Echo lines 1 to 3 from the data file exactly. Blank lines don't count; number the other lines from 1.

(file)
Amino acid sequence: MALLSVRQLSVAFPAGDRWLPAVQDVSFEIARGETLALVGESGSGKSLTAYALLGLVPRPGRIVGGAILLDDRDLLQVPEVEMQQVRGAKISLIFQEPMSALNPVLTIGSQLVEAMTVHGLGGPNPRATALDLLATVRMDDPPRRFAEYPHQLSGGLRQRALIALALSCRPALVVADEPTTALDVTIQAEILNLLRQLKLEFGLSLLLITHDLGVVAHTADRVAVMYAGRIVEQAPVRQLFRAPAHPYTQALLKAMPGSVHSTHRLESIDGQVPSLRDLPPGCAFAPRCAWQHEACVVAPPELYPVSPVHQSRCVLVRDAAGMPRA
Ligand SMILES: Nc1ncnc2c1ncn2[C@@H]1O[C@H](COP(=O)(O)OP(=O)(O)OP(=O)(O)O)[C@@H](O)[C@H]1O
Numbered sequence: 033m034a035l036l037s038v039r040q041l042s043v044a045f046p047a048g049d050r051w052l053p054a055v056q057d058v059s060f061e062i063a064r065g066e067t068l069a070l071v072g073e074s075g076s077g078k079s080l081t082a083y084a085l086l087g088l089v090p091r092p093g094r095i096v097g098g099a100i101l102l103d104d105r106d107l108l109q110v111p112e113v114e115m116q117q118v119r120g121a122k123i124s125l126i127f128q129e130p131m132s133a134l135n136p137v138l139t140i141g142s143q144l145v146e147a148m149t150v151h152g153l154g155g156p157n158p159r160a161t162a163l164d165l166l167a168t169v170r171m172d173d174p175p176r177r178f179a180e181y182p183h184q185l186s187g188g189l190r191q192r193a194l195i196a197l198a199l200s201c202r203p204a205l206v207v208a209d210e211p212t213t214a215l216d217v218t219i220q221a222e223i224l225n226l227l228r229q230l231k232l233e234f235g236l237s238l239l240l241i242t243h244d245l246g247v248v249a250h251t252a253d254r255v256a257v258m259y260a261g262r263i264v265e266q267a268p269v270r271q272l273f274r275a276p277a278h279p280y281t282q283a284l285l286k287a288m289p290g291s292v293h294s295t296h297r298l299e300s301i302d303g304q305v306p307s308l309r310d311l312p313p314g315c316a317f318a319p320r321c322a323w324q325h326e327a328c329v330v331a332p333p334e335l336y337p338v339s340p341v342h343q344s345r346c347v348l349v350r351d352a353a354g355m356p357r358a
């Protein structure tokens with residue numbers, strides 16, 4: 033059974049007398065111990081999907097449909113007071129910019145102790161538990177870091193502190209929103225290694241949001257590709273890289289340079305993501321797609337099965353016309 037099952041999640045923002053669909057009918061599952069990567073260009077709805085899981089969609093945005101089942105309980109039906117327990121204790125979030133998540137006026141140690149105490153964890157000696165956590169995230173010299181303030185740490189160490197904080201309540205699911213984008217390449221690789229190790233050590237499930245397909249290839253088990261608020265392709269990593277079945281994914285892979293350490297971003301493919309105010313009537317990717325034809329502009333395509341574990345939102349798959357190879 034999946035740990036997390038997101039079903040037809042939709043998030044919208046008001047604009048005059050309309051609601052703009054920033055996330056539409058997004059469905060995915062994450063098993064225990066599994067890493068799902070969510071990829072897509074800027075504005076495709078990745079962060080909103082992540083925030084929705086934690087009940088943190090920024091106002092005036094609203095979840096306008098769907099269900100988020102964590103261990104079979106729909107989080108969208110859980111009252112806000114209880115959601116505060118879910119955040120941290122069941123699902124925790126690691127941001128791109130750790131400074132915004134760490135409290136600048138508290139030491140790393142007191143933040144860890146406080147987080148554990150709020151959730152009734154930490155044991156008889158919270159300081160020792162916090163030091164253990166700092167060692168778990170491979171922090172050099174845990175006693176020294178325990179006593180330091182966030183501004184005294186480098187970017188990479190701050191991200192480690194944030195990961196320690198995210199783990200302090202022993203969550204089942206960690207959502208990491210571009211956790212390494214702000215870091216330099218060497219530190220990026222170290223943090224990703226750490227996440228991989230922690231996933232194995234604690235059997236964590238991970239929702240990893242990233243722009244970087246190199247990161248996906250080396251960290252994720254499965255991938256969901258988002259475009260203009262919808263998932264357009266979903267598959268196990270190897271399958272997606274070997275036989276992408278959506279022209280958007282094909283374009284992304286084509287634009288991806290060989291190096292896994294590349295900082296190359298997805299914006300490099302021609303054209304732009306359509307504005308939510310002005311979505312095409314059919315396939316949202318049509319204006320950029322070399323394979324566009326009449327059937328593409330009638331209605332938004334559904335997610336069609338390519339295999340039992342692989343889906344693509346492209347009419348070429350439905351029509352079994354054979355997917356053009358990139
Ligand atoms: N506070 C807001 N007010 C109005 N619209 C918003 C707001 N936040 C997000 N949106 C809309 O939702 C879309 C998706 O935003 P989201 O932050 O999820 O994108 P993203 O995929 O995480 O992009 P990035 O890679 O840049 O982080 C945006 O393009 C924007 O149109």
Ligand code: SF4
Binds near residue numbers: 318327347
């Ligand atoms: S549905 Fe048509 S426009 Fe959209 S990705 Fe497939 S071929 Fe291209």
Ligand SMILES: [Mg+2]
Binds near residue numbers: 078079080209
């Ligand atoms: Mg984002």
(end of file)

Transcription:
Amino acid sequence: MALLSVRQLSVAFPAGDRWLPAVQDVSFEIARGETLALVGESGSGKSLTAYALLGLVPRPGRIVGGAILLDDRDLLQVPEVEMQQVRGAKISLIFQEPMSALNPVLTIGSQLVEAMTVHGLGGPNPRATALDLLATVRMDDPPRRFAEYPHQLSGGLRQRALIALALSCRPALVVADEPTTALDVTIQAEILNLLRQLKLEFGLSLLLITHDLGVVAHTADRVAVMYAGRIVEQAPVRQLFRAPAHPYTQALLKAMPGSVHSTHRLESIDGQVPSLRDLPPGCAFAPRCAWQHEACVVAPPELYPVSPVHQSRCVLVRDAAGMPRA
Ligand SMILES: Nc1ncnc2c1ncn2[C@@H]1O[C@H](COP(=O)(O)OP(=O)(O)OP(=O)(O)O)[C@@H](O)[C@H]1O
Numbered sequence: 033m034a035l036l037s038v039r040q041l042s043v044a045f046p047a048g049d050r051w052l053p054a055v056q057d058v059s060f061e062i063a064r065g066e067t068l069a070l071v072g073e074s075g076s077g078k079s080l081t082a083y084a085l086l087g088l089v090p091r092p093g094r095i096v097g098g099a100i101l102l103d104d105r106d107l108l109q110v111p112e113v114e115m116q117q118v119r120g121a122k123i124s125l126i127f128q129e130p131m132s133a134l135n136p137v138l139t140i141g142s143q144l145v146e147a148m149t150v151h152g153l154g155g156p157n158p159r160a161t162a163l164d165l166l167a168t169v170r171m172d173d174p175p176r177r178f179a180e181y182p183h184q185l186s187g188g189l190r191q192r193a194l195i196a197l198a199l200s201c202r203p204a205l206v207v208a209d210e211p212t213t214a215l216d217v218t219i220q221a222e223i224l225n226l227l228r229q230l231k232l233e234f235g236l237s238l239l240l241i242t243h244d245l246g247v248v249a250h251t252a253d254r255v256a257v258m259y260a261g262r263i264v265e266q267a268p269v270r271q272l273f274r275a276p277a278h279p280y281t282q283a284l285l286k287a288m289p290g291s292v293h294s295t296h297r298l299e300s301i302d303g304q305v306p307s308l309r310d311l312p313p314g315c316a317f318a319p320r321c322a323w324q325h326e327a328c329v330v331a332p333p334e335l336y337p338v339s340p341v342h343q344s345r346c347v348l349v350r351d352a353a354g355m356p357r358a